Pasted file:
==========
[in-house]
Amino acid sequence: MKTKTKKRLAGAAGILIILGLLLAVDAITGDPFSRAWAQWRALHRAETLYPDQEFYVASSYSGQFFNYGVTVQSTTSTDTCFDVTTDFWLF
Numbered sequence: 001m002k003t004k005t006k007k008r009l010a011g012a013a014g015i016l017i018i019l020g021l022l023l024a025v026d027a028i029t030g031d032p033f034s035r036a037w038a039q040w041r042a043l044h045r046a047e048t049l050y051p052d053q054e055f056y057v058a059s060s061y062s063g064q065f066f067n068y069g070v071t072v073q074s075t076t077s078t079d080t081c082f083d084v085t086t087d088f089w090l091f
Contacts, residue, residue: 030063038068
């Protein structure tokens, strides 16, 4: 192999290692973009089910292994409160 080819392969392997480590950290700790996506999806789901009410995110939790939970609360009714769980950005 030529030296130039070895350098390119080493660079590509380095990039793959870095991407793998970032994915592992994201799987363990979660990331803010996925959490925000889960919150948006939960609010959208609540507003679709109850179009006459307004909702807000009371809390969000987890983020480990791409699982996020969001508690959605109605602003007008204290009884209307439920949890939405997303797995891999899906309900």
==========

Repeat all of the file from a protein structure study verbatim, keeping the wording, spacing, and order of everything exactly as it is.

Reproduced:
[in-house]
Amino acid sequence: MKTKTKKRLAGAAGILIILGLLLAVDAITGDPFSRAWAQWRALHRAETLYPDQEFYVASSYSGQFFNYGVTVQSTTSTDTCFDVTTDFWLF
Numbered sequence: 001m002k003t004k005t006k007k008r009l010a011g012a013a014g015i016l017i018i019l020g021l022l023l024a025v026d027a028i029t030g031d032p033f034s035r036a037w038a039q040w041r042a043l044h045r046a047e048t049l050y051p052d053q054e055f056y057v058a059s060s061y062s063g064q065f066f067n068y069g070v071t072v073q074s075t076t077s078t079d080t081c082f083d084v085t086t087d088f089w090l091f
Contacts, residue, residue: 030063038068
């Protein structure tokens, strides 16, 4: 192999290692973009089910292994409160 080819392969392997480590950290700790996506999806789901009410995110939790939970609360009714769980950005 030529030296130039070895350098390119080493660079590509380095990039793959870095991407793998970032994915592992994201799987363990979660990331803010996925959490925000889960919150948006939960609010959208609540507003679709109850179009006459307004909702807000009371809390969000987890983020480990791409699982996020969001508690959605109605602003007008204290009884209307439920949890939405997303797995891999899906309900």